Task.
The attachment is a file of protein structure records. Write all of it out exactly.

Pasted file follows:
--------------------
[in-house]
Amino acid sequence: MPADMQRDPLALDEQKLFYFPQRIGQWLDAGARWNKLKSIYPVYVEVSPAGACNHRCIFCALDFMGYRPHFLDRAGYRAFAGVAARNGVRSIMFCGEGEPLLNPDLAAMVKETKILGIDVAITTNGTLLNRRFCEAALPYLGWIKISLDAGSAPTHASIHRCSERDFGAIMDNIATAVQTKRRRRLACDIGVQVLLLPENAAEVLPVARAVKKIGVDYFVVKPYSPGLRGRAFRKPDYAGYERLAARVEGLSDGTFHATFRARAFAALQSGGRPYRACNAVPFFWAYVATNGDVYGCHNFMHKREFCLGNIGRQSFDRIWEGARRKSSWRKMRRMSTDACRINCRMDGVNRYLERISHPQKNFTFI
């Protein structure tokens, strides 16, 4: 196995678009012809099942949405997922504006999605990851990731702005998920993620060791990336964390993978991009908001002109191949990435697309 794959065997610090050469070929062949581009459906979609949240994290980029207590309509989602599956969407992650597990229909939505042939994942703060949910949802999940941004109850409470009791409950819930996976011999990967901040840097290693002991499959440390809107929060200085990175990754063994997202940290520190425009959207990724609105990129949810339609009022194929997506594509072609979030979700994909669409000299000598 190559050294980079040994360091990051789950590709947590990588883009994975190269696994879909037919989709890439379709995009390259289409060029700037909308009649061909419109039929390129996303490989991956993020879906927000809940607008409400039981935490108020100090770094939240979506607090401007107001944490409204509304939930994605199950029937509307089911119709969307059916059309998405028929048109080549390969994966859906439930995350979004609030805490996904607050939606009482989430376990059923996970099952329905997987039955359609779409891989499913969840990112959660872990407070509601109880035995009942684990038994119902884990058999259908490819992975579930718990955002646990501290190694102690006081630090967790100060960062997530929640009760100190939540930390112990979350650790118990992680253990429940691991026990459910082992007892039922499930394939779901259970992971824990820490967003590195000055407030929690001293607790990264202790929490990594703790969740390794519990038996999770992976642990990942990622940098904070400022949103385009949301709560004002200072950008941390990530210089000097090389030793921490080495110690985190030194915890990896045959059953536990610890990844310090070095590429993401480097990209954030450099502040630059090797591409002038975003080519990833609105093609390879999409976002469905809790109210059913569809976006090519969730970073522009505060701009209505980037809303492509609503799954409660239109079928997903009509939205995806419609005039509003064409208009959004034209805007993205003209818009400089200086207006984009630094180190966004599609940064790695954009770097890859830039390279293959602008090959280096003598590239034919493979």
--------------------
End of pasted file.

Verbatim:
[in-house]
Amino acid sequence: MPADMQRDPLALDEQKLFYFPQRIGQWLDAGARWNKLKSIYPVYVEVSPAGACNHRCIFCALDFMGYRPHFLDRAGYRAFAGVAARNGVRSIMFCGEGEPLLNPDLAAMVKETKILGIDVAITTNGTLLNRRFCEAALPYLGWIKISLDAGSAPTHASIHRCSERDFGAIMDNIATAVQTKRRRRLACDIGVQVLLLPENAAEVLPVARAVKKIGVDYFVVKPYSPGLRGRAFRKPDYAGYERLAARVEGLSDGTFHATFRARAFAALQSGGRPYRACNAVPFFWAYVATNGDVYGCHNFMHKREFCLGNIGRQSFDRIWEGARRKSSWRKMRRMSTDACRINCRMDGVNRYLERISHPQKNFTFI
């Protein structure tokens, strides 16, 4: 196995678009012809099942949405997922504006999605990851990731702005998920993620060791990336964390993978991009908001002109191949990435697309 794959065997610090050469070929062949581009459906979609949240994290980029207590309509989602599956969407992650597990229909939505042939994942703060949910949802999940941004109850409470009791409950819930996976011999990967901040840097290693002991499959440390809107929060200085990175990754063994997202940290520190425009959207990724609105990129949810339609009022194929997506594509072609979030979700994909669409000299000598 190559050294980079040994360091990051789950590709947590990588883009994975190269696994879909037919989709890439379709995009390259289409060029700037909308009649061909419109039929390129996303490989991956993020879906927000809940607008409400039981935490108020100090770094939240979506607090401007107001944490409204509304939930994605199950029937509307089911119709969307059916059309998405028929048109080549390969994966859906439930995350979004609030805490996904607050939606009482989430376990059923996970099952329905997987039955359609779409891989499913969840990112959660872990407070509601109880035995009942684990038994119902884990058999259908490819992975579930718990955002646990501290190694102690006081630090967790100060960062997530929640009760100190939540930390112990979350650790118990992680253990429940691991026990459910082992007892039922499930394939779901259970992971824990820490967003590195000055407030929690001293607790990264202790929490990594703790969740390794519990038996999770992976642990990942990622940098904070400022949103385009949301709560004002200072950008941390990530210089000097090389030793921490080495110690985190030194915890990896045959059953536990610890990844310090070095590429993401480097990209954030450099502040630059090797591409002038975003080519990833609105093609390879999409976002469905809790109210059913569809976006090519969730970073522009505060701009209505980037809303492509609503799954409660239109079928997903009509939205995806419609005039509003064409208009959004034209805007993205003209818009400089200086207006984009630094180190966004599609940064790695954009770097890859830039390279293959602008090959280096003598590239034919493979």